HOME  |  NEWS  |  BLOGS  |  MESSAGES  |  FEATURES  |  VIDEOS  |  WEBINARS  |  INDUSTRIES  |  FOCUS ON FUNDAMENTALS
  |  REGISTER  |  LOGIN  |  HELP
Feature
Automation & Motion Control

Factory Automation Design & the AC-DC Equation

NO RATINGS
Page 1 / 2 Next >
View Comments: Newest First|Oldest First|Threaded View
William K.
User Rank
Platinum
Re: The decision between motor types
William K.   1/20/2014 8:54:22 PM
NO RATINGS
We have an interesting statement here, "AC motors must generate a magnetic field in order to operate. As a result, AC motors typically have high inrush currents." My experience is that ALL motors must generate a magnetic field to operate. Sort of an interesting argument. PM motors don't need to generate two magnetic fields, so they are a bit more efficient in that aspect. 

What is indeed certainis that some kinds of motors are easier to control than others, and some are much simpler to ramp up the speed with than others. But just running on a lower voltage actually reduces efficiency because the resistance losses are greater. The 24 volt DC motor is probably a lot simpler to use as an intermittant duty motor with the speed ramped up and down, and it is undoubtedly more efficient than an AC motor running constantly with a slip clutch slipping when things are halted. 

My point here is that the benefits come from the application of more complex control schemes, not because of some particular technology. Variable speed AC drives can also deliver some real savings. 

Cabe Atwell
User Rank
Blogger
Re: The decision between motor types
Cabe Atwell   1/20/2014 5:36:50 PM
NO RATINGS
Indeed, some factories require both AC and DC, which can further complicate matters.

William K.
User Rank
Platinum
The decision between motor types
William K.   12/6/2013 8:57:24 PM
NO RATINGS
This is an interesting post that does provide some useful insight. But the slant toward brushless low voltage motor controls is sort of obvious. So clearly the choice needs to be based at least partly on just exactly what the motor need to do. But other concerns include the cost of controls and the maintenance of those controls. A standard small three-phase motor can go for many years with no attention at all, and if something does eventually fail there are lots of folks qualified to do the repairs. Brushless motors are quite a bit more complex, and servicing their systems requires a good bit more skill and education.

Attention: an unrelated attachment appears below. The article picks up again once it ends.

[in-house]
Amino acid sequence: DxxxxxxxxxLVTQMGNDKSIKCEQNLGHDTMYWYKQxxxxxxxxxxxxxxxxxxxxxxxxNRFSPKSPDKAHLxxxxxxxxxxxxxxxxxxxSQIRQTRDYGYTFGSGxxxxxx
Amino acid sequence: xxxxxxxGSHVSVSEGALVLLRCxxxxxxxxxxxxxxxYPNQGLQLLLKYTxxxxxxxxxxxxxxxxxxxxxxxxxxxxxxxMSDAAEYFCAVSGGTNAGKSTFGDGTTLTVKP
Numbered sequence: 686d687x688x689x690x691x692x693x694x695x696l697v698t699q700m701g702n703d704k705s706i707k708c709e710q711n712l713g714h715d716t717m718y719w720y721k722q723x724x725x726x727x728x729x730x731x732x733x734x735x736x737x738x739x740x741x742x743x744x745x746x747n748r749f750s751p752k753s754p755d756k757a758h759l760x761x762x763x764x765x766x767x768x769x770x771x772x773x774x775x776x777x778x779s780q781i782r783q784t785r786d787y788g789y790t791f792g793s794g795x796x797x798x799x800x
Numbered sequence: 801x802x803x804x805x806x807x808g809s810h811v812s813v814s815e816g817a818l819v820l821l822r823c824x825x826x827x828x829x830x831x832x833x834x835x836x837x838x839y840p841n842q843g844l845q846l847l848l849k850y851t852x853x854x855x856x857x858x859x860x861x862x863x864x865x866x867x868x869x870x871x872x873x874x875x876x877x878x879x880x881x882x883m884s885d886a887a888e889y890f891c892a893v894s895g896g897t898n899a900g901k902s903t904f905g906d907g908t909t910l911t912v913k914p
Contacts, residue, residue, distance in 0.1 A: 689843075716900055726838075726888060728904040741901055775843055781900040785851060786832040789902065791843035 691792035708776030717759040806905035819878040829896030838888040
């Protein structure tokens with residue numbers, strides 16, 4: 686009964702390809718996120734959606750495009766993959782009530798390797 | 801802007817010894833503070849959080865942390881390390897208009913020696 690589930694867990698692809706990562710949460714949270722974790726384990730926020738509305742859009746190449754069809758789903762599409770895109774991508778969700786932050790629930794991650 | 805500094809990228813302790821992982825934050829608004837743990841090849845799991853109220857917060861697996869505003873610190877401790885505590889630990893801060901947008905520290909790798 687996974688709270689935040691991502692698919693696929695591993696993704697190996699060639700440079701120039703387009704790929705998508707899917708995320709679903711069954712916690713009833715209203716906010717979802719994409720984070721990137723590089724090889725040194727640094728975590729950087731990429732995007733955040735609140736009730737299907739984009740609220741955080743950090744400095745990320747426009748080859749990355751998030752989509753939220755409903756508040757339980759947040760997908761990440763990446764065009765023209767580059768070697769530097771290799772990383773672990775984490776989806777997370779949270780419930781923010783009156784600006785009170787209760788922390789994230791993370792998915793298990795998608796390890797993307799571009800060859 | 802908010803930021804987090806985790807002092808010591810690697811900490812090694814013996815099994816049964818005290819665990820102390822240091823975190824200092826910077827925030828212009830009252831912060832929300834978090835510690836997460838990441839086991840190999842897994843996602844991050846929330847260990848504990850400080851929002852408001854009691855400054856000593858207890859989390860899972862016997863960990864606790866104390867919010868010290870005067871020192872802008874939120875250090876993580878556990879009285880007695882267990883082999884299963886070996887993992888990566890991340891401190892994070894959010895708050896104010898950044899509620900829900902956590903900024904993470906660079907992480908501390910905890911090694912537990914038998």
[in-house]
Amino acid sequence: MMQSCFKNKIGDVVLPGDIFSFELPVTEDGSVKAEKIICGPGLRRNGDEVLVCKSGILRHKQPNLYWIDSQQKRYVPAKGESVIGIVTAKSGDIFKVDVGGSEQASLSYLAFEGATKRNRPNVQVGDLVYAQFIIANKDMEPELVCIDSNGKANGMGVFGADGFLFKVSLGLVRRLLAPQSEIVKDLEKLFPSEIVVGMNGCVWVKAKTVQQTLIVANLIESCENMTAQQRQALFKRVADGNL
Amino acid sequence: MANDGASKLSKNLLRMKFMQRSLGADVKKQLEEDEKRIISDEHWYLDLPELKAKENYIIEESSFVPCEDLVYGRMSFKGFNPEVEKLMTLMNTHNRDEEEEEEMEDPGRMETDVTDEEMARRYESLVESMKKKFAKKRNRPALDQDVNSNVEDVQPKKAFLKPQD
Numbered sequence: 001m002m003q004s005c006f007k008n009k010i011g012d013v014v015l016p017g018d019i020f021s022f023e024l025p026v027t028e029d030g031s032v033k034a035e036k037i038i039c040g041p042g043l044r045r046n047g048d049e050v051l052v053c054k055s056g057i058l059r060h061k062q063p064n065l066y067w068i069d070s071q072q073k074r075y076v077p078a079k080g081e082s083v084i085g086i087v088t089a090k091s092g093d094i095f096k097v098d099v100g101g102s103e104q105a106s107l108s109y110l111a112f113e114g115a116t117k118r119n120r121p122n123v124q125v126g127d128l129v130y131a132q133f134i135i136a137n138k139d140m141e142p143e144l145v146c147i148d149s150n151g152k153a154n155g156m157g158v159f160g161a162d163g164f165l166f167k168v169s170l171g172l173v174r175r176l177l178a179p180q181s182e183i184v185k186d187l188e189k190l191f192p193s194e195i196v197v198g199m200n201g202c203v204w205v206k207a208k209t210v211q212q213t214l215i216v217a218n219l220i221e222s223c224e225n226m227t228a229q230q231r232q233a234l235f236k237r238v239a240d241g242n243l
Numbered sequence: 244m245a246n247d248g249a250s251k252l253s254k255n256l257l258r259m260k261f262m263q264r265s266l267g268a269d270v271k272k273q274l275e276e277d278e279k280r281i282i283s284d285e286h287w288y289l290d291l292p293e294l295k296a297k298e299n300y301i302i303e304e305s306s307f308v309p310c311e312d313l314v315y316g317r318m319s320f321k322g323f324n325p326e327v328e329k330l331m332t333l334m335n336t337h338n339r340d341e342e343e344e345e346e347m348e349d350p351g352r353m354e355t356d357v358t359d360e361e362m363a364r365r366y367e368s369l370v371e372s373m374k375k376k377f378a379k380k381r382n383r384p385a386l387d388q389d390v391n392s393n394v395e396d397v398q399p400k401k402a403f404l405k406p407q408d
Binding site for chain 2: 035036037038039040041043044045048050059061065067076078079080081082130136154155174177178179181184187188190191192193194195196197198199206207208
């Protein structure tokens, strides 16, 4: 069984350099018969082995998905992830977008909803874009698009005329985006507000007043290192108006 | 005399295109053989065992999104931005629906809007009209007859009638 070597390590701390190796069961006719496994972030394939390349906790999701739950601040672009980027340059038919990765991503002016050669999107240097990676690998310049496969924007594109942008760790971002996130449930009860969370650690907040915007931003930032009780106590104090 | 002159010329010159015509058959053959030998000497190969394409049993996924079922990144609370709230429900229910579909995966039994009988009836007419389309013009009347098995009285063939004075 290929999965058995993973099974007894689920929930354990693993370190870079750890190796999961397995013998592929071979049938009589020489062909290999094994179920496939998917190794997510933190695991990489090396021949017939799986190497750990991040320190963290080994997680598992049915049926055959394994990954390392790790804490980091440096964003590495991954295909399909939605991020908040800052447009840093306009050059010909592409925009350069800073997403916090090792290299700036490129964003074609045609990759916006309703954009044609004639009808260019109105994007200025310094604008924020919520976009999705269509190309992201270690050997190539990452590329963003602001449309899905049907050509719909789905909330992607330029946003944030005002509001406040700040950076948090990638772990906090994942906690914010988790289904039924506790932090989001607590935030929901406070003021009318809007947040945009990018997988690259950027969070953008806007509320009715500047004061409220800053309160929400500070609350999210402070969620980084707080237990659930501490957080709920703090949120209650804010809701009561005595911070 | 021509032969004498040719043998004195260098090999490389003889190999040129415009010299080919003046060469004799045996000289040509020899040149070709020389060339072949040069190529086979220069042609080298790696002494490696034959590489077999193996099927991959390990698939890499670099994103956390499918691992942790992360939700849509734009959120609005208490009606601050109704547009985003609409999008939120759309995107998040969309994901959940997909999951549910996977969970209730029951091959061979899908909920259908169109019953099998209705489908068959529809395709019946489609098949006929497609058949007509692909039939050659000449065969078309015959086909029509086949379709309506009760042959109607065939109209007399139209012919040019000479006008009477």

So the choice is not always simple and straight-forward.

Rob Spiegel
User Rank
Blogger
AC or DC?
Rob Spiegel   12/5/2013 10:53:12 AM
NO RATINGS
Good article, David. You showed just how complex this question actually is.

Partner Zone
Latest Analysis
Former DARPA official and Google executive Dr. Kaigham Gabriel believes sensor companies think too much like suppliers and need to bring their products closer to the consumer.
One way to keep a Formula One racing team moving at breakneck speed in the pit and at the test facility is to bring CAD drawings of the racing vehicle’s parts down to the test facility and even out to the track.
Most of us would just as soon step on a cockroach rather than study it, but that’s just what researchers at UC Berkeley did in the pursuit of building small, nimble robots suitable for disaster-recovery and search-and-rescue missions.
Engineers at Festo were inspired by how a caterpillar builds its cocoon when designing its new 3D Cocooner printer.
Design engineers need to prepare for a future in which their electronic products will use not just one or two, but possibly many user interfaces that involve touch, vision, gestures, and even eye movements.
More:Blogs|News
Quick Poll
The Continuing Education Center offers engineers an entirely new way to get the education they need to formulate next-generation solutions.
SEMESTERS: 1  |  2  |  3  |  4  |  5  |  6 |  7 | 8 | 9


Focus on Fundamentals consists of 45-minute on-line classes that cover a host of technologies. You learn without leaving the comfort of your desk. All classes are taught by subject-matter experts and all are archived. So if you can't attend live, attend at your convenience.
Next Course June 28-30:
Sponsored by Proto Labs
Learn More   |   Login   |   Archived Classes
Twitter Feed
Design News Twitter Feed
Like Us on Facebook

Technology Marketplace

Copyright © 2016 UBM Canon, A UBM company, All rights reserved. Privacy Policy | Terms of Service